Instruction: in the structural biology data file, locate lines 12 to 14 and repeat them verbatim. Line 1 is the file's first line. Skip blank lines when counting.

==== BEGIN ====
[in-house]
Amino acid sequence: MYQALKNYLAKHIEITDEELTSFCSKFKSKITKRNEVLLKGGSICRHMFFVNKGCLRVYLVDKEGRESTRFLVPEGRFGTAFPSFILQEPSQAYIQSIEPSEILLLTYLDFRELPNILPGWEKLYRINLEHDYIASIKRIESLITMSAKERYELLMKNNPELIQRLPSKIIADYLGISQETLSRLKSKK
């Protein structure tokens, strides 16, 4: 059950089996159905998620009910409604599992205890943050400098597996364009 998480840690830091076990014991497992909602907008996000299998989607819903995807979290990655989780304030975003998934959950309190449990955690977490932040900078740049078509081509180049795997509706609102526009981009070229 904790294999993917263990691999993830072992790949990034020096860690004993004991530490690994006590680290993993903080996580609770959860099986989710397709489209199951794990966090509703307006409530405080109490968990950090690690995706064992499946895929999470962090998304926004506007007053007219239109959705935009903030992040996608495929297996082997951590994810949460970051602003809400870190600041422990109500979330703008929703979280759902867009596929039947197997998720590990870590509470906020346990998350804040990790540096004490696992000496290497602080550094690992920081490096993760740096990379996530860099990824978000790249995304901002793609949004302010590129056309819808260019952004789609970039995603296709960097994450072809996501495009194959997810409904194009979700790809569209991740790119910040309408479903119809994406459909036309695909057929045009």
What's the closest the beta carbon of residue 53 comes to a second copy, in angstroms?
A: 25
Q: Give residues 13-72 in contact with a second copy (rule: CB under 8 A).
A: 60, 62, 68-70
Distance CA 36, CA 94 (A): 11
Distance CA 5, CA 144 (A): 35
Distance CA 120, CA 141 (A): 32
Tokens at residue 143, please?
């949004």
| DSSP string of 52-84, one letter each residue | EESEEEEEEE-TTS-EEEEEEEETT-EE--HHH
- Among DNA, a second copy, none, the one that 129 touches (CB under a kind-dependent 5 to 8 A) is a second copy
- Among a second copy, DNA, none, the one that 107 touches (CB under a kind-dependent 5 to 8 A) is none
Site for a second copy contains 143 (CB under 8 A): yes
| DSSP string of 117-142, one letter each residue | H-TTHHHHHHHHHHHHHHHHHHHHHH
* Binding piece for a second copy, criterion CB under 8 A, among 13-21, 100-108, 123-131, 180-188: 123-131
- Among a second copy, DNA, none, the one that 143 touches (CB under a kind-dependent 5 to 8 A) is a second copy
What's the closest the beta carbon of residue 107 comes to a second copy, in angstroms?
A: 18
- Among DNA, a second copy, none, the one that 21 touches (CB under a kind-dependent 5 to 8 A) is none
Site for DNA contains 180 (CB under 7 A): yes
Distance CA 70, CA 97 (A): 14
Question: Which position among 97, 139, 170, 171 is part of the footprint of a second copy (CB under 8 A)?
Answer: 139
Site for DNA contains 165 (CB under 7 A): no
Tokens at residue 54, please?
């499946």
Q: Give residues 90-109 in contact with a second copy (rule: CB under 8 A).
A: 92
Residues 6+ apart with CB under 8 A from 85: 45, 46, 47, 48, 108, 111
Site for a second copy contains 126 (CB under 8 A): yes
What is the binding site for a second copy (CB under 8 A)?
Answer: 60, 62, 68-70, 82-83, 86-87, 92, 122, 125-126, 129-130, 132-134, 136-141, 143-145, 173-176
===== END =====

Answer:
């949004």
| DSSP string of 52-84, one letter each residue | EESEEEEEEE-TTS-EEEEEEEETT-EE--HHH
- Among DNA, a second copy, none, the one that 129 touches (CB under a kind-dependent 5 to 8 A) is a second copy